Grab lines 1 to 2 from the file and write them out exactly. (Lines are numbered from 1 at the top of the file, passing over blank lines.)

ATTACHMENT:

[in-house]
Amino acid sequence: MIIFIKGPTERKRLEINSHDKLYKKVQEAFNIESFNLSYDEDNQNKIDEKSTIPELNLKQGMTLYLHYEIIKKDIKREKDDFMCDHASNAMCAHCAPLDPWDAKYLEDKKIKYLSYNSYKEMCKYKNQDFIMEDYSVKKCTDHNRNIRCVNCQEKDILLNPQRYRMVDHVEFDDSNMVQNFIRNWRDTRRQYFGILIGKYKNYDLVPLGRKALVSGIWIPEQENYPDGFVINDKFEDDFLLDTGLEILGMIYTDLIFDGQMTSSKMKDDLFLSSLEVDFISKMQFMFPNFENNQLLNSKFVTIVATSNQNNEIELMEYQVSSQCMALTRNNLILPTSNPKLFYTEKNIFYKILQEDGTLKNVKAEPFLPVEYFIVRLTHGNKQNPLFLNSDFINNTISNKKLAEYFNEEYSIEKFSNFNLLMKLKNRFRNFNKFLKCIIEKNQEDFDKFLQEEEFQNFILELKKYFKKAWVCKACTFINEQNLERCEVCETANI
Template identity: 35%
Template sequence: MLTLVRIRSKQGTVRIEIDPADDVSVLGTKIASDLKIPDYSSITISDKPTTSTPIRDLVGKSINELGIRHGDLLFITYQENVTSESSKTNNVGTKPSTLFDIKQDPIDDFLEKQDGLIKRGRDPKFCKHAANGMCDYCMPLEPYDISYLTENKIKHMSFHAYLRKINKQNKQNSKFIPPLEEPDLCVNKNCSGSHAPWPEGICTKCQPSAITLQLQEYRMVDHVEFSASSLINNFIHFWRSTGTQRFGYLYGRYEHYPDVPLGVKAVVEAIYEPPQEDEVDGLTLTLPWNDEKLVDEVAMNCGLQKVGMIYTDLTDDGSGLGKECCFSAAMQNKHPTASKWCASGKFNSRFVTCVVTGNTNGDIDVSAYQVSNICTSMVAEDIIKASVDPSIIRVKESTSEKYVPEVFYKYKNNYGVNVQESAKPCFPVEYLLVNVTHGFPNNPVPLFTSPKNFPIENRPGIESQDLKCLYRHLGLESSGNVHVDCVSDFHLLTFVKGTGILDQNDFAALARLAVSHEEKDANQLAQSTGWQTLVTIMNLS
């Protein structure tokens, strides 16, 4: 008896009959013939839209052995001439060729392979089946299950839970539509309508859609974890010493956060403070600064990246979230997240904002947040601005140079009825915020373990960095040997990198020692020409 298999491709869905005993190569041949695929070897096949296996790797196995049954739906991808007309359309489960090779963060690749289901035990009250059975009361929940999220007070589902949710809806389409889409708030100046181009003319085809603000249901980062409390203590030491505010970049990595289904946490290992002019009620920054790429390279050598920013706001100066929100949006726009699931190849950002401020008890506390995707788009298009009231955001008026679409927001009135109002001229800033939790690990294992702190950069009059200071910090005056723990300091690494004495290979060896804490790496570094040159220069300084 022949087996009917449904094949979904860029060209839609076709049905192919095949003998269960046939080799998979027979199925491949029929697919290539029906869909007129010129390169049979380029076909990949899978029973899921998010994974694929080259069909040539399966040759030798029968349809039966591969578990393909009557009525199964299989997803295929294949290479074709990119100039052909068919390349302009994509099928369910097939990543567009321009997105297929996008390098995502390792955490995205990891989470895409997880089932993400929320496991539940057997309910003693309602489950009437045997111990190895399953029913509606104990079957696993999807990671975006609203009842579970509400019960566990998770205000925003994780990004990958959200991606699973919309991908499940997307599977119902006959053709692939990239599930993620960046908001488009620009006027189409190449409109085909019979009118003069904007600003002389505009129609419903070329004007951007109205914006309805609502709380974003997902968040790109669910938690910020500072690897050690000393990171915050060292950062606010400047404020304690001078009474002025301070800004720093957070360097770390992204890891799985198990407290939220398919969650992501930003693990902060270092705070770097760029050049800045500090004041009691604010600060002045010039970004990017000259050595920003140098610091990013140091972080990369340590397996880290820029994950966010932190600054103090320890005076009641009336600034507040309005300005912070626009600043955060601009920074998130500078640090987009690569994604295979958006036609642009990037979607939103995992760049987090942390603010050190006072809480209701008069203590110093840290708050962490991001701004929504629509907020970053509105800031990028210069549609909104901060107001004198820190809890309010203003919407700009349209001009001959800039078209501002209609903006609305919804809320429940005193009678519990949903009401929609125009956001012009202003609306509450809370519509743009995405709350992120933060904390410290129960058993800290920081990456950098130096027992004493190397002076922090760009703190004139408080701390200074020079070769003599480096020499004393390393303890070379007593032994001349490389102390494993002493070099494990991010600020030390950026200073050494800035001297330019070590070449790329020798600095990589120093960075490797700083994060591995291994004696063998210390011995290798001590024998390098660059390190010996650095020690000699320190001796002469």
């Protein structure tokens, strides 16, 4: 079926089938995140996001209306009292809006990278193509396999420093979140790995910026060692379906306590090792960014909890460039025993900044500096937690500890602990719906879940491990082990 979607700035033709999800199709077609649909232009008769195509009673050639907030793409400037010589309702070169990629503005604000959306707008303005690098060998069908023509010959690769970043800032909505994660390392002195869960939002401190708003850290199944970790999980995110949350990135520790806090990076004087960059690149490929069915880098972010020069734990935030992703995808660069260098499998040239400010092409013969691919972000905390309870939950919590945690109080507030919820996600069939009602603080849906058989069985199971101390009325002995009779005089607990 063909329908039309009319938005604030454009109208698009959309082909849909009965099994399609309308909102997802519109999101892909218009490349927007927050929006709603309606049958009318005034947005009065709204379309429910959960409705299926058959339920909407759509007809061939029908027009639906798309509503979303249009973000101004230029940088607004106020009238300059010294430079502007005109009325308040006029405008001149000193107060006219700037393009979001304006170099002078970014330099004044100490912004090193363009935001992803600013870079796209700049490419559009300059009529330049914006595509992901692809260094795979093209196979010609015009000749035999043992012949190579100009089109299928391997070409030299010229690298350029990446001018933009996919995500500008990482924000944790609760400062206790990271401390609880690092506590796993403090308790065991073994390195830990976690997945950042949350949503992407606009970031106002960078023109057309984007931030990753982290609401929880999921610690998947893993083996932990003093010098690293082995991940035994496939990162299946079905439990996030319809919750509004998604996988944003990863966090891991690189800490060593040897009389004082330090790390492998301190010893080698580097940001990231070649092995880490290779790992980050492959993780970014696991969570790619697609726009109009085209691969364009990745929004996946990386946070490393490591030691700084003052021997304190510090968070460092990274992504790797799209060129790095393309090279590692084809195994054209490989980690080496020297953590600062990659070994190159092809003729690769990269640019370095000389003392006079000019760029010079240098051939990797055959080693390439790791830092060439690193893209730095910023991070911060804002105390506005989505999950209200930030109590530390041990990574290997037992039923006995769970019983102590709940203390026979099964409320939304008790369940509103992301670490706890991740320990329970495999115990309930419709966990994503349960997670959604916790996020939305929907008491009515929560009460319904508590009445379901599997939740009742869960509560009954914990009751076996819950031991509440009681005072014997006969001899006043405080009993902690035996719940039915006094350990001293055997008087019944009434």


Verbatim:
[in-house]
Amino acid sequence: MIIFIKGPTERKRLEINSHDKLYKKVQEAFNIESFNLSYDEDNQNKIDEKSTIPELNLKQGMTLYLHYEIIKKDIKREKDDFMCDHASNAMCAHCAPLDPWDAKYLEDKKIKYLSYNSYKEMCKYKNQDFIMEDYSVKKCTDHNRNIRCVNCQEKDILLNPQRYRMVDHVEFDDSNMVQNFIRNWRDTRRQYFGILIGKYKNYDLVPLGRKALVSGIWIPEQENYPDGFVINDKFEDDFLLDTGLEILGMIYTDLIFDGQMTSSKMKDDLFLSSLEVDFISKMQFMFPNFENNQLLNSKFVTIVATSNQNNEIELMEYQVSSQCMALTRNNLILPTSNPKLFYTEKNIFYKILQEDGTLKNVKAEPFLPVEYFIVRLTHGNKQNPLFLNSDFINNTISNKKLAEYFNEEYSIEKFSNFNLLMKLKNRFRNFNKFLKCIIEKNQEDFDKFLQEEEFQNFILELKKYFKKAWVCKACTFINEQNLERCEVCETANI